If you strike a spoon hanging from a fishing line, the spoon will vibrate. Some of this energy goes into moving the air around the spoon, and that is how you get a sound.

The frequency of a sound is how many times it vibrates the air in one second. We call 100 vibrations per second 100 Hz. It only makes sense to consider frequency for simple sounds; you can say that a guitar string sounds high-pitched or flat, but those statements don’t make sense for a tamborine.

Two tones sound good together only if the ratio of their frequencies is a simple fraction. So you could play 150 Hz with 100 Hz because 150/100 = 3/2, and you could play 120 Hz because 120/100 = 5/4, but 173 Hz and 100 Hz makes bad.

A second fact to remember: A bigger thing makes a lower sound. If striking a 1 meter pipe produces 100 Hz, then striking a 4 meter pipe produces 25 Hz.

We can use these two facts to build an instrument: hang a 10 meter pipe, a 9 meter pipe, an 8 meter pipe, … down to a 1 meter pipe. Since any two pipe lengths are a simple ratio, they all sound good together.

We can play songs on this instrument. Striking the fourth pipe and the seventh pipe simultaneously makes a nice chord.

The problem is that this instrument can only be played in one style. It always sounds the same and there is only one way to play a given song. Furthermore, if someone else made their own, but starting with 1 *yard* then you two couldn’t play together. We’d like an instrument where we can **shift** our song or style to change the mood or go along with other people’s instruments.

In a random freak accident, the powers of the twelfth root of two make several simple ratios:

n | 2^(n/12) | close fraction |
---|---|---|

0 | 1 | 1 |

1 | 1.059 | N/A |

2 | 1.122 | N/A |

3 | 1.189 | 6/5 |

4 | 1.260 | 5/4 |

5 | 1.335 | 4/3 |

6 | 1.414 | 7/5 (kinda) |

7 | 1.498 | 3/2 |

8 | 1.587 | 8/5 (kinda) |

9 | 1.682 | N/A |

10 | 1.782 | N/A |

11 | 1.888 | N/A |

12 | 2 | 2 |

To be clear, the 2 and 12 combo yields more simple fractions than any other combo. To see what I mean, look at the 10th root of 3:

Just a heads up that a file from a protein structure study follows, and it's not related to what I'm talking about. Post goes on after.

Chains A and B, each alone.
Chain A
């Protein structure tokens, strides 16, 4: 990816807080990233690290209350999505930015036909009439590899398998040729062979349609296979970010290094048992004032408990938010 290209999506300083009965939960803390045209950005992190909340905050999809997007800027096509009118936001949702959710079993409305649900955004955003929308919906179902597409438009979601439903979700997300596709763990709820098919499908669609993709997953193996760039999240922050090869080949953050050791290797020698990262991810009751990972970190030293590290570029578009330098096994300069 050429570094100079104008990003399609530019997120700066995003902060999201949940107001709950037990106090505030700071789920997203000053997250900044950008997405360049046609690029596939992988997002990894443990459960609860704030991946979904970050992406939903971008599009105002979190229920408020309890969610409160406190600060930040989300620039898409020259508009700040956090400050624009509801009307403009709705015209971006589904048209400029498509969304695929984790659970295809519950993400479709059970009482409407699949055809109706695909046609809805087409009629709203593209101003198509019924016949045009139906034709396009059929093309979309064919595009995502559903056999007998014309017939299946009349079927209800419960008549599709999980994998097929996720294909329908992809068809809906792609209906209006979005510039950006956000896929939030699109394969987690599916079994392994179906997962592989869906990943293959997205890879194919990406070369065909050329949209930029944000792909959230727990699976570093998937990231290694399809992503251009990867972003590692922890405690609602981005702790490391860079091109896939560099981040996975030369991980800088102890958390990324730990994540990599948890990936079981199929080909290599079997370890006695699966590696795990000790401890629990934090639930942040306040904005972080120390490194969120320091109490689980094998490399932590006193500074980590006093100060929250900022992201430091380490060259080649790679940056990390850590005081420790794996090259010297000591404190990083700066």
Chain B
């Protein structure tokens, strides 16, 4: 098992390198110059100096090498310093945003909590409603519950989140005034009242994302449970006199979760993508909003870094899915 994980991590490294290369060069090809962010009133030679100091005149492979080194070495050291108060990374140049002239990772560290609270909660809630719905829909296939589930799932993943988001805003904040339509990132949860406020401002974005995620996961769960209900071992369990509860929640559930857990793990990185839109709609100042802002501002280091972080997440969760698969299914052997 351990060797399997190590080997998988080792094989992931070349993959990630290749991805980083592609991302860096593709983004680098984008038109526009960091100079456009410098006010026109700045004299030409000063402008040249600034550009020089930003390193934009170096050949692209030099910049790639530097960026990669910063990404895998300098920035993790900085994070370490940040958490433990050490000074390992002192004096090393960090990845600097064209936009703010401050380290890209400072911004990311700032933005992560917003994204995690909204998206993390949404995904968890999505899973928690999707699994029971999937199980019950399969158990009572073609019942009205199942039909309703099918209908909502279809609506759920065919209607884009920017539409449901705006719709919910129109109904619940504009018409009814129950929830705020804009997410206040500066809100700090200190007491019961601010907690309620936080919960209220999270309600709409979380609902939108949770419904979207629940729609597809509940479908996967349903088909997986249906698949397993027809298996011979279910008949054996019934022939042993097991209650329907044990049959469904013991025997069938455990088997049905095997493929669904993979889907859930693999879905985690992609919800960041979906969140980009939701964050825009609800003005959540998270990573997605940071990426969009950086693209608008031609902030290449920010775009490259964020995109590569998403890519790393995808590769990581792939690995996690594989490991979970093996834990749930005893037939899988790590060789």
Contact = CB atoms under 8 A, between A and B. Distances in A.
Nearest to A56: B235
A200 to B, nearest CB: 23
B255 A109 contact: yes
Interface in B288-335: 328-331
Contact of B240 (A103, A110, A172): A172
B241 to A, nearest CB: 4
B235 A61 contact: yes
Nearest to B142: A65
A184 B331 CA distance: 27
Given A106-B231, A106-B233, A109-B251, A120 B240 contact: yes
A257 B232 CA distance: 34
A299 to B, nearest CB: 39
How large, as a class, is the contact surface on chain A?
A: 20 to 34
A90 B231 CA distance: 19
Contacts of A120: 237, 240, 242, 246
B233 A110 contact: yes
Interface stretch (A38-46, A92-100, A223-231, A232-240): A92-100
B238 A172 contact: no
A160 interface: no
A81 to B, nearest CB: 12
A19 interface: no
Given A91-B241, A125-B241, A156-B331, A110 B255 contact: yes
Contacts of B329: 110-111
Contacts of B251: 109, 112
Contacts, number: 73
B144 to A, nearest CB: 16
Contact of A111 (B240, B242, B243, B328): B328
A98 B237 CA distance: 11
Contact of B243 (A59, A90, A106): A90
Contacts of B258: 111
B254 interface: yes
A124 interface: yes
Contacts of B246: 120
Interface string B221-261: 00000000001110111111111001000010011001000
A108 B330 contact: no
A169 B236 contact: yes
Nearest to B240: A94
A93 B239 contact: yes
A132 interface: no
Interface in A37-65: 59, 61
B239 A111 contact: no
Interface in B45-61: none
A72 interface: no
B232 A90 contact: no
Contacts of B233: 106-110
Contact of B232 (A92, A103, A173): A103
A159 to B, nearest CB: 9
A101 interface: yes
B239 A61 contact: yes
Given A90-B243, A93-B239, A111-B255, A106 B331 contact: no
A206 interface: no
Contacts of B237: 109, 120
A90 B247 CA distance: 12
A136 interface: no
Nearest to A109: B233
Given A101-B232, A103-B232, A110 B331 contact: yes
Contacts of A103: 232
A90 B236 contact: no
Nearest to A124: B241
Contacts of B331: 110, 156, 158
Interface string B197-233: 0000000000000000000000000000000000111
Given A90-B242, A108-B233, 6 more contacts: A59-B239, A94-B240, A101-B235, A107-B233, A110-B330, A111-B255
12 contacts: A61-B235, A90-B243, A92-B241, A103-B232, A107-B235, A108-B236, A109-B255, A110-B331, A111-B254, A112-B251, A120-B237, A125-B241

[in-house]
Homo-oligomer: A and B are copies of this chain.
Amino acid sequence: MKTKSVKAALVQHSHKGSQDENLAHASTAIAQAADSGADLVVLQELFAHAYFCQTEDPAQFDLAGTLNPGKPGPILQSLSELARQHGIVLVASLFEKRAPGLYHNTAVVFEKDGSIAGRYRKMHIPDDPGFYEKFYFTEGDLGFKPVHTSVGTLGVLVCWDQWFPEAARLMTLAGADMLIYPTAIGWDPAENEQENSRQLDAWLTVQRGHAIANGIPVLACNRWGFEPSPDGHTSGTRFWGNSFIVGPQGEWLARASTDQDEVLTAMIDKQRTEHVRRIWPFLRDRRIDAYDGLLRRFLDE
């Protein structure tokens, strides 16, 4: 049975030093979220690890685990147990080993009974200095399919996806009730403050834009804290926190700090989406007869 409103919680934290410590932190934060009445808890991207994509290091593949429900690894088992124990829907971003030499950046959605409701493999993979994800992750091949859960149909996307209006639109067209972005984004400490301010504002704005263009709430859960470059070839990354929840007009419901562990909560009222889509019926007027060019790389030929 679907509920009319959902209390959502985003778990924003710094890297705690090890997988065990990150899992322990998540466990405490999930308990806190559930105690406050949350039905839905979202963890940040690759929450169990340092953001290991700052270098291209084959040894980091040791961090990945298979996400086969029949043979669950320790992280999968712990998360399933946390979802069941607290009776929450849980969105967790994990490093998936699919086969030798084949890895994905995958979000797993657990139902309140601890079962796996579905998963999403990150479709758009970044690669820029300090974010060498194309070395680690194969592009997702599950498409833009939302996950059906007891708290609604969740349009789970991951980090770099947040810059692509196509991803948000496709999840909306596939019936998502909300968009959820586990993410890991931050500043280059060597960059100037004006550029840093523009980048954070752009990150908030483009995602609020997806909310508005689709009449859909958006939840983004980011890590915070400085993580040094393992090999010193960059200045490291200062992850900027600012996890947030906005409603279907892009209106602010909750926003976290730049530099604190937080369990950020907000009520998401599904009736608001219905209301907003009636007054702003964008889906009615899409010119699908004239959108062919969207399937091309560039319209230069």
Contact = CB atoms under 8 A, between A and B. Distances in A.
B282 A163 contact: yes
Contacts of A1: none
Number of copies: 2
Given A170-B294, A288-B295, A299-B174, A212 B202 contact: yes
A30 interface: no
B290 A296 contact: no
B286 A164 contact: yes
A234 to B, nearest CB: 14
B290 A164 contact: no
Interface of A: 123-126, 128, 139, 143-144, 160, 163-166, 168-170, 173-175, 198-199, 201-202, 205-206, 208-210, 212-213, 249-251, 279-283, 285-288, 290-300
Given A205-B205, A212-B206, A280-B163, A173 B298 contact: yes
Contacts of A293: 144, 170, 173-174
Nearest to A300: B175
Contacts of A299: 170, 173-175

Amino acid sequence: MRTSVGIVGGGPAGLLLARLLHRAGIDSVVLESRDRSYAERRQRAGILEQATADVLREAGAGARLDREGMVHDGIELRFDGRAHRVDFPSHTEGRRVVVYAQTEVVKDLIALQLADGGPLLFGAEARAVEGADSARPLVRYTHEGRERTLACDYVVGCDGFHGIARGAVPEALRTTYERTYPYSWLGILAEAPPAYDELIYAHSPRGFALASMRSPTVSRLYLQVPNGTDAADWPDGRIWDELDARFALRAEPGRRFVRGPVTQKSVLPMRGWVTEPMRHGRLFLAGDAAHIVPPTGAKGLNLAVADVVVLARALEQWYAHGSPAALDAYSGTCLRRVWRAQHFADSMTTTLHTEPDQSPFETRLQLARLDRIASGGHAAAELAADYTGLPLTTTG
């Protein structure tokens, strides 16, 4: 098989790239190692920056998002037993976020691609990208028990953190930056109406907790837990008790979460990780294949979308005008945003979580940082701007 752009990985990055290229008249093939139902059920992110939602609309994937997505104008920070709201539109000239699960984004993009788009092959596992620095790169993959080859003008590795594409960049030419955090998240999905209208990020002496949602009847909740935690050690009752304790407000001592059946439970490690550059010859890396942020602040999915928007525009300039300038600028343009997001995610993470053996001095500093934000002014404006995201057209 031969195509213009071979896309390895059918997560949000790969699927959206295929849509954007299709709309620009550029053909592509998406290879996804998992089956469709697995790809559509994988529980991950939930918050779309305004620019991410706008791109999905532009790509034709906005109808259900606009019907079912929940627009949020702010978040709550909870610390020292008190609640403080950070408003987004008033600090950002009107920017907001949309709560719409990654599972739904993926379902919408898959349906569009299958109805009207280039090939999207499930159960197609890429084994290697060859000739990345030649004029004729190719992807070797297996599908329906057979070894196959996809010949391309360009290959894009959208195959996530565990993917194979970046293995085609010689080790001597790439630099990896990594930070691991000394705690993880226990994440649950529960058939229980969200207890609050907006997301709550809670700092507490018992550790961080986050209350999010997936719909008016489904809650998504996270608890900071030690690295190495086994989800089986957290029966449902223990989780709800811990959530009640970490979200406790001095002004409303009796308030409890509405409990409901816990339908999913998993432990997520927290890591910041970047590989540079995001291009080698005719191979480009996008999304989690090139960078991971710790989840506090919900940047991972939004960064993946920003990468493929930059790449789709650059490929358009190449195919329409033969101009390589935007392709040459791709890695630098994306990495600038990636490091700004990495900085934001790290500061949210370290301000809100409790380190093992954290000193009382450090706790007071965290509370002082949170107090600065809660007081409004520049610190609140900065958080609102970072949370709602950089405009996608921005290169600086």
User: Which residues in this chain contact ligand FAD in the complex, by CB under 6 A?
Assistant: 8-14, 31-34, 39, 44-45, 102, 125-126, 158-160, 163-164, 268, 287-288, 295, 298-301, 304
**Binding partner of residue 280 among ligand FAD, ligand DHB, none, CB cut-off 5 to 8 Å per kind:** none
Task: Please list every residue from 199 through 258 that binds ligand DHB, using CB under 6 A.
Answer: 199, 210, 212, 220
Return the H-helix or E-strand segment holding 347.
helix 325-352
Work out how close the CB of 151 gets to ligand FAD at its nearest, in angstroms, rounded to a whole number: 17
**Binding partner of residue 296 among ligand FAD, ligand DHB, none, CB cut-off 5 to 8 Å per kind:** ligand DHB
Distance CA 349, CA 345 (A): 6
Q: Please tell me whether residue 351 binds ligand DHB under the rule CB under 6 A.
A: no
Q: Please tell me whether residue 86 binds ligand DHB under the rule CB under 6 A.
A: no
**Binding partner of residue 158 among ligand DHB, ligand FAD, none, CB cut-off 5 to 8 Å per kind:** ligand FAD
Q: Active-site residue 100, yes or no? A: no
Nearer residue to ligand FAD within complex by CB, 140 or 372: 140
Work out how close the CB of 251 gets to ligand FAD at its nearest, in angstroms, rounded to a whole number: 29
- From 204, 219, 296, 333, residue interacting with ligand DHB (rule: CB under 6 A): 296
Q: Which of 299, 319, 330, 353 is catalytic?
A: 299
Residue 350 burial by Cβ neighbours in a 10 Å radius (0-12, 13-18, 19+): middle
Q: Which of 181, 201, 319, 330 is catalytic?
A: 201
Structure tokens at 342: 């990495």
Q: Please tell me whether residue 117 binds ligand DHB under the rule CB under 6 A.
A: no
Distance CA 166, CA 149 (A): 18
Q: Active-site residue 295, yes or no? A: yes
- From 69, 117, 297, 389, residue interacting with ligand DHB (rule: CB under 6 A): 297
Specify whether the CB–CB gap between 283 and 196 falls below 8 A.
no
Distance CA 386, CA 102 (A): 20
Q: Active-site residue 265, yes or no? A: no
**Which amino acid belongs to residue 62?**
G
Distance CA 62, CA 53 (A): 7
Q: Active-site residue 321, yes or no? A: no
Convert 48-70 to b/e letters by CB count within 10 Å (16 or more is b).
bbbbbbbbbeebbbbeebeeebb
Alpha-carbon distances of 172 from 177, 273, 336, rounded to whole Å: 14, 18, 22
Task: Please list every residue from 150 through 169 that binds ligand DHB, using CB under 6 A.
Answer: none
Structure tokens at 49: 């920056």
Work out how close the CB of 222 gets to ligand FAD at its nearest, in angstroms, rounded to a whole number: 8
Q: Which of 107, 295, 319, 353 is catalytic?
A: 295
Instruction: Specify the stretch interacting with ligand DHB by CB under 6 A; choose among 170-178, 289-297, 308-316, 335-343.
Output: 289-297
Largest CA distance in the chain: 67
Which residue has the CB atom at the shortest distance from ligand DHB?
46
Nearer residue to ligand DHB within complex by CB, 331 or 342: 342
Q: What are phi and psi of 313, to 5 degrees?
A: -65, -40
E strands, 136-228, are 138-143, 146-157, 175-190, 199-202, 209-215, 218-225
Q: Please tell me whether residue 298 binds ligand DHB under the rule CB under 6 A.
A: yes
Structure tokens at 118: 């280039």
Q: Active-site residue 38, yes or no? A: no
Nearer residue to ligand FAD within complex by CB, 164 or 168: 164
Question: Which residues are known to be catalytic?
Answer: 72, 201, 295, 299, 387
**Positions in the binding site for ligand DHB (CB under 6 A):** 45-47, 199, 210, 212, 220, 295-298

n | 3^(n/10) | close fraction |
---|---|---|

0 | 1 | 1 |

1 | 1.116 | 10/9 |

2 | 1.246 | 5/4 |

3 | 1.390 | 7/5 |

4 | 1.552 | N/A |

5 | 1.732 | N/A |

6 | 1.933 | N/A |

7 | 2.158 | N/A |

8 | 2.408 | 12/5 |

9 | 2.688 | N/A |

10 | 3 | 3 |

Look at those fractions, they’re garbage!

So now we build a second instrument. Again the first pipe is 10 meters long. The second pipe is 10/1.116 = 9.443 meters long, down to the last pipe which is 10/2 = 5 meters long. The first pipe (n=0) can be played with the pipes which are bolded in the above list to get good sound like our previous instrument.

Here’s the magic though: you can start on the *the second pipe* and take the same spacings as before to get all your nice ratios, but in a different **scale**. So instead of playing the first (n=0) and the fourth (n=3) to get a frequency ratio of 6/5, you’d play the second (n=1) and the fifth (n=4).

If we make our pipe instrument 100 pipes long, then we can play in many different scales and styles by changing our **root pipe**.

This is how a piano works. Every key (black or white) has a string whose length is 0.9443 times the width of the last string. The C key on a piano has its simple ratios put on the other white keys. That’s the C major scale. To play the A major scale, start on the A key and then take the same distances as before.

Whew!

:)

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